14 Self-Portraits by Pablo Picasso Show the Evolution of His Style: See Self-Portraits Moving from Ages 15 to 90

15 years old (1896)

It’s possible to look at Pablo Picasso’s many formal experiments and periodic shifts of style as a kind of self-portraiture, an exercise in shifting consciousness and trying on of new aesthetic identities. The Spanish modernist made a career of sweeping dramatic gestures, announcements to the world that he was going to be a different kind of artist now, and everyone had better catch up. Even in his most abstract periods, his work radiated with an emotional energy as outsized as the man himself.

18 years old (1900)

Picasso’s animus and vitality even permeate his least inviting painting, Les Demoiselles d’Avignon (click here to view), a brothel scene with five geometrical women, two with African and Iberian masks; “a painting of nudes in which there is scarcely a curve to be seen,” writes The Guardian’s Jonathan Jones, “elbows sharp as knives, hips and waists geometrical silhouettes, triangle breasts.” The 1907 self-portrait of Picasso at age 25 (below) comes from this period, when the artist began his radical Cubist break with everything that had gone before.

20 years old (1901)

An older version Les Demoiselles d’Avignon contained a male figure, “a stand-in for the painter himself.” Even when he did not appear, at least not in a final version, in his own work, Picasso saw himself there: his moods, his heightened perceptions of reality as he imagined it.

The somber Blue Period paintings, with their moodiness and “themes of poverty, loneliness, and despair,” correspond with his mourning over the suicide of a friend, Catalan artist Carlos Casagemas. The Picasso in the 1901 portrait further up looks gaunt, broken, decades older than his 20 years. In the 1917 drawing further down, however, the artist at 35 looks out at us with a haughty, smooth-cheeked youthful gaze.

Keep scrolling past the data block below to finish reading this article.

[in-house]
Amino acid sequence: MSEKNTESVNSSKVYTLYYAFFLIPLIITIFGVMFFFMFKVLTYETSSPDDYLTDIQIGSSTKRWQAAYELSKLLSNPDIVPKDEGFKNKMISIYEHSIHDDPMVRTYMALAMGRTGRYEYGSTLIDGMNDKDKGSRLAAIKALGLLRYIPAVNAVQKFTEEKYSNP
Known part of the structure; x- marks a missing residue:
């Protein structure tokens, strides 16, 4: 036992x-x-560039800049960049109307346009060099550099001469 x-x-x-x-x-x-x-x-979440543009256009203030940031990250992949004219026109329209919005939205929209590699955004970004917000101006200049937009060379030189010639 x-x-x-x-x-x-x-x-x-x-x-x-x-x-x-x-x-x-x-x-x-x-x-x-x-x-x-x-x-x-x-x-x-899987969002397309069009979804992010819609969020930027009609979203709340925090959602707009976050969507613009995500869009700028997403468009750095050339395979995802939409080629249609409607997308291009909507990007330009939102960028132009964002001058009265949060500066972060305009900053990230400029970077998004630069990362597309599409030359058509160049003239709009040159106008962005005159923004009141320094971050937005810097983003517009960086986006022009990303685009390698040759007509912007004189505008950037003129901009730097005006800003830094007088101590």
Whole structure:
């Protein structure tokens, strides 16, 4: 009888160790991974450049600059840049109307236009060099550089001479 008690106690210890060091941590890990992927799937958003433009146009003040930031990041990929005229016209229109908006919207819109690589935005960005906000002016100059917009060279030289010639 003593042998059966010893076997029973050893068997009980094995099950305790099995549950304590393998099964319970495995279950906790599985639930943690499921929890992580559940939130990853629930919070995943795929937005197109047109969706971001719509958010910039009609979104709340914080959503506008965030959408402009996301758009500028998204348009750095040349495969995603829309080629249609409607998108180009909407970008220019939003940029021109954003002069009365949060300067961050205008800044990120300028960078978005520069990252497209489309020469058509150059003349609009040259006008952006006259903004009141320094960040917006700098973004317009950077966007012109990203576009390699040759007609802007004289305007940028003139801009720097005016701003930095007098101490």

24 years old (1906)

During this time, as World War I ended, he had begun to design sets for Diaghilev’s famed Ballet Russes, where he met his wife, ballerina Olga Khokhlova, and moved in comfortable circles, though he was himself desperate for money. Each portrait delivers us a different Picasso, as he sheds one mask and puts on another. Tracing his creative evolution through his portraiture means never moving in a straight line. But we do see his demeanor soften and round progressively over time in his portraits. He seems to grow younger as he ages.

25 years old (1907)

The severe youth of 15, further up, brooding, world-weary, and already an accomplished draughtsman and painter; the grimly serious romantic at 18, above—these Picassos give way to the wide-eyed maturity of the artist at 56 in 1938, at 83, 89, and 90, in 1972, the year before his death. That year he produced an intriguing series of eclectic self-portraits unlike anything he had done before. See these and many others throughout his life below.

35 years old (1917)

56 years old (1938)

83 years old (1965)

85 years old (1966)

89 years old (1971)

90 years old (June 28, 1972)

90 years old (June 30, 1972)

90 years old (July 2, 1972)

90 years old (July 3, 1972)

via Bored Panda/Twisted Sifter

Related Content:

How To Understand a Picasso Painting: A Video Primer

The Gestapo Points to Guernica and Asks Picasso, “Did You Do This?;” Picasso Replies “No, You Did!”

The Genius of Albrecht Dürer Revealed in Four Self-Portraits

Josh Jones is a writer and musician based in Durham, NC. Follow him at @jdmagness


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